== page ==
The increasing human-wildlife conflict (HWC) in Samtse is a growing concern that requires urgent attention. While the dzongkhag’s initiative of a zero waste mobile application and vermicomposting to reduce bio-degradable waste is a step in the right direction, more needs to be done to manage the HWC in the region.

The landfill in Khandothang, which is already over 60 percent full, has become a feeding ground for wild elephants that visit it daily. This poses a significant threat to the safety of residents in Khandothang and Tashichhoeling, who fall into the elephant-prone zone. Farmers in the region have also been experiencing frequent crop predation by these pachyderms, affecting their livelihoods.

The lack of laws and policies on compensation for livestock killed and crops damaged by wildlife has left people living around the protected areas suffering economic losses. This situation needs to be addressed urgently, and farmers should be compensated for their losses. If these waste management and HWC issues are not addressed in time, there could be severe consequences for both the environment and the people living in the dzongkhag. Improper waste management could lead to the pollution of water bodies, air, and soil, negatively impacting human health and wildlife.

The accumulation of waste in landfills can also lead to the release of methane gas, a potent greenhouse gas that contributes to climate change. Additionally, waste pollution can harm natural habitats of wildlife and disrupt ecosystems, leading to further conflicts between humans and wildlife.

Our experience has shown that increasing HWCs in the region can have devastating consequences for both wildlife and humans. Wildlife such as elephants are likely to face the risk of habitat loss and population decline due to conflict with humans. Meanwhile, humans are suffering economic losses, injury, and even death due to the conflict.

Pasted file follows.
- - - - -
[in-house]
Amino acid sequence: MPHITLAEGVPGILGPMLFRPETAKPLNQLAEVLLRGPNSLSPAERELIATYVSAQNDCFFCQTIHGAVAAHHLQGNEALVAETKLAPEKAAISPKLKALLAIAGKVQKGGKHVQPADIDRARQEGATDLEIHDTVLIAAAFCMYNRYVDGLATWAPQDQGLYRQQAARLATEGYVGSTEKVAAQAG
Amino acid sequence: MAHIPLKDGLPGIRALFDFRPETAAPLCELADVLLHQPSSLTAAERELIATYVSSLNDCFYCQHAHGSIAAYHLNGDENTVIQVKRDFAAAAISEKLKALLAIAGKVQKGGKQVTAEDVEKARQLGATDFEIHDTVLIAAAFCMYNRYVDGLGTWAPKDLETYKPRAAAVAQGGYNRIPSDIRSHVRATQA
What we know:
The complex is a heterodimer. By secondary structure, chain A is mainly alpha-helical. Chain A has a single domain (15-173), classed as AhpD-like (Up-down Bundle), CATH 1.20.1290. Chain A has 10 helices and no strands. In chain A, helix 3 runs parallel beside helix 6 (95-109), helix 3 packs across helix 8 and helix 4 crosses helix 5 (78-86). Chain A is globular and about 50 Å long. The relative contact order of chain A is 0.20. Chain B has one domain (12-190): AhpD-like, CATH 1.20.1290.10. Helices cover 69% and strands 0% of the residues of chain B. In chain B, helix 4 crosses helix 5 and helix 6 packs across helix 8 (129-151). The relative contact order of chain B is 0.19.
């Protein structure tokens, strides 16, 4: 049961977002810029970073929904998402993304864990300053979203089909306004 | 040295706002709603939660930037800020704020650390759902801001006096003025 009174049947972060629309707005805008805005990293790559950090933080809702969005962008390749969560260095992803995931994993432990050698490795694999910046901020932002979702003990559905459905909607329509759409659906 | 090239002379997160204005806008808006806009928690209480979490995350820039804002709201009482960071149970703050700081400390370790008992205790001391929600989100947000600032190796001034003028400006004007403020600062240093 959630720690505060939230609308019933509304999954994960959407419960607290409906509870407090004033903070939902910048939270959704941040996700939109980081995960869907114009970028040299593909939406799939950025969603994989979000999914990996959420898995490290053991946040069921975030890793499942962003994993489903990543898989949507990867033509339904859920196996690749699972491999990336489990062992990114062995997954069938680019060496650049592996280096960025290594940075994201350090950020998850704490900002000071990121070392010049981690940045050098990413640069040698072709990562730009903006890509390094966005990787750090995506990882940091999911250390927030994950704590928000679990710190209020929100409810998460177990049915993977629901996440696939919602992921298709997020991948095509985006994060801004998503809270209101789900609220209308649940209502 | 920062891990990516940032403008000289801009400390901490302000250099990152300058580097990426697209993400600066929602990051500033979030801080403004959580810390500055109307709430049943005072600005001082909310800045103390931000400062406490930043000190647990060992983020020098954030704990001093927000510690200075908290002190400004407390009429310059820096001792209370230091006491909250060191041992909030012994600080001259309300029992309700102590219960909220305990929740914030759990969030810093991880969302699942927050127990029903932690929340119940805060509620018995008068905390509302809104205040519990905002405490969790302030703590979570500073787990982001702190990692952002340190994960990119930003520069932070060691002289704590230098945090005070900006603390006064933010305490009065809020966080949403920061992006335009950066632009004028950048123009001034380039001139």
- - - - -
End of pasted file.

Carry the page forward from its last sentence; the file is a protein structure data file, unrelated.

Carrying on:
The lack of compensation policies for farmers whose crops are damaged or livestock are killed by wildlife could push them into poverty and lead to a breakdown of trust between the government and the people, resulting in a vicious cycle of conflict and underdevelopment in the region.

Moreover, failing to address the waste management and human-wildlife conflict issues in Samtse could hinder the country’s progress towards achieving its sustainable development goals (SDGs), particularly those related to environmental sustainability and poverty reduction. The SDGs aim to ensure access to clean water and sanitation, reduce inequalities, and promote sustainable economic growth.

It is crucial, therefore, to address these issues in a timely and effective manner, involving all stakeholders, including local communities, government officials, and conservation organisations.

A collaborative and sustainable approach that balances economic development with environmental conservation can help mitigate the negative impacts of waste management and human-wildlife conflict in Samtse. It is essential to take care of our waste;small actions like the zero waste mobile application and vermicomposting can go a long way in achieving environmental sustainability and reducing HWC.